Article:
Yes means yes? Of course it does. Is it really necessary that Californian high-school students cover this alongside other sex-ed topics like anatomy, birth control and sexually transmitted infections? Yes.
Some high schools and college campuses have experimented with workshops to teach what consent means. This is part of a larger effort to prevent sexual assault and rapes on campuses over outdated methods like rape whistles and the buddy system, which ignore the fact that most cases of rape occur between two people who know each other.
Here’s the sort of thing workshop attendees can expect to think about:
A girl and boy meet at a school dance. The boy drives her home. They kiss. What happens next, over the girl’s protests, leaves him confused and her crying, no longer a virgin. Was the girl raped?
For folks keeping track at home, this does constitute rape in the state of California. A remarkable fraction of students (and adults) get this question wrong—but more importantly, they don’t understand why.
Many intelligent people still insist that rape always necessitates an intent to rape, or otherwise think it’s important to ask what the girl was wearing or if she tried to resist. Which is why it’s important for an informed discussion about consent to reach people at a young age.
In an episode of This American Life, Chana Joffe-Walt shows how badly these ideas need to reach young people before they reach college. When workshop attendees are informed that consent is an affirmative, conscious and voluntary agreement that can be revoked at any time, or simply a “verbal and enthusiastic yes,” it becomes clear that many students really have no idea what this means.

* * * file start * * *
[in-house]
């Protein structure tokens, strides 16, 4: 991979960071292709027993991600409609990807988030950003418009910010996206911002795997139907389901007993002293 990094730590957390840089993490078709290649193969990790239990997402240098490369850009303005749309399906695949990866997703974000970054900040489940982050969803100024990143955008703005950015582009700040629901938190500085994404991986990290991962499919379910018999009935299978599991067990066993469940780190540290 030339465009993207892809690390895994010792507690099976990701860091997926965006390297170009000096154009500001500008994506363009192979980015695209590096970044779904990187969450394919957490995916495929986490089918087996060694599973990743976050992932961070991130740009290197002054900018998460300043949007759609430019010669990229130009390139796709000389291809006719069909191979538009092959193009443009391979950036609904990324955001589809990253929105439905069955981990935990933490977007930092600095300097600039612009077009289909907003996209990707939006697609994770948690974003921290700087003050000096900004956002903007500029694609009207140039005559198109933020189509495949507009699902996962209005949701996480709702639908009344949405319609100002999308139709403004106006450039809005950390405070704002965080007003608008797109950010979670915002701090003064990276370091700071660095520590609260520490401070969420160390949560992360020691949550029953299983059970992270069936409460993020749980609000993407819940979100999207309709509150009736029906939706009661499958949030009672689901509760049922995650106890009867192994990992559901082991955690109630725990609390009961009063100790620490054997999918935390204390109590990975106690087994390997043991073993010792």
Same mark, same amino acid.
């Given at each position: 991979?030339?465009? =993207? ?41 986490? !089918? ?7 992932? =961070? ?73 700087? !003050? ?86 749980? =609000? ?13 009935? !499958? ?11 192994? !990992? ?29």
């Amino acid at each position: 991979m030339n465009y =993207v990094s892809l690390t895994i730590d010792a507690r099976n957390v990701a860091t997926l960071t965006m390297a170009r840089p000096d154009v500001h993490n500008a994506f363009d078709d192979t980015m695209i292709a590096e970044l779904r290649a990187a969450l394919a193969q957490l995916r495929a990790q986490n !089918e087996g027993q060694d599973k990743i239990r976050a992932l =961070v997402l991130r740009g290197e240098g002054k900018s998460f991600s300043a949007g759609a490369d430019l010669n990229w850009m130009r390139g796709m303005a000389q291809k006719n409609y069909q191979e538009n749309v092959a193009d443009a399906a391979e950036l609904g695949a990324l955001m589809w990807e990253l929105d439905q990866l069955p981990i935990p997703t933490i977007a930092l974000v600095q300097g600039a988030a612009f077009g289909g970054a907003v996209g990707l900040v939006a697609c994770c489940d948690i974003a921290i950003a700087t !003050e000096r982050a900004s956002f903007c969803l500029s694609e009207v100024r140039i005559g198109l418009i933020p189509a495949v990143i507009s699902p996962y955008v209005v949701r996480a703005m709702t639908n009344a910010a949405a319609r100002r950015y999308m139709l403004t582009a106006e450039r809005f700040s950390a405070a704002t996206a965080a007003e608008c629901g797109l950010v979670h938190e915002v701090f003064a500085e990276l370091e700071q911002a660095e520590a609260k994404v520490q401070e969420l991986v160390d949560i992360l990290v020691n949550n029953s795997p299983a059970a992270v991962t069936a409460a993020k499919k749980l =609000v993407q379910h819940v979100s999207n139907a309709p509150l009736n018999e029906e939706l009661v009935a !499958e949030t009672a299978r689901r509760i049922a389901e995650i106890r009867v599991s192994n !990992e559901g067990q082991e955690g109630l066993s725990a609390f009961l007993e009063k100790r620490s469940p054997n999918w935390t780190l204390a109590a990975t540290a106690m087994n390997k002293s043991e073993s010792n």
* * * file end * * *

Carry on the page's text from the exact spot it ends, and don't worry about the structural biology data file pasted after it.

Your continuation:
The questions that follow demonstrate just how poorly the students get it. “What’s the minimum number of times to I need to hear yes?” “What about body language?” “What if she gave consent in a message on twitter?” “What’s the drink limit before consent can’t be given?” “Does the girl need to ask?” “What if you’ve been together for a year?” Some kids are concerned that constantly making sure the answer is yes is going to “ruin the mood.”
According to Joffe-Walt, “These kids are trying to just have one conversation. A conversation that takes into account consent, but also all their questions and anxieties when they’re talking to a person they’re sleeping with.”
Adolescents should learn that, when it comes to sex, you’re going to have to ask your partner what they like and check in with them to make sure they’re enjoying themselves. If you’re not doing these things, you’re doing it wrong. Yes, doing it wrong badly enough will make you a rapist even if you had no intention of raping somebody. Yes, doing it wrong badly enough could result in criminal consequences for the harm you have caused someone.
It shouldn’t be this hard, and kids shouldn’t have to wait to learn this sort of thing.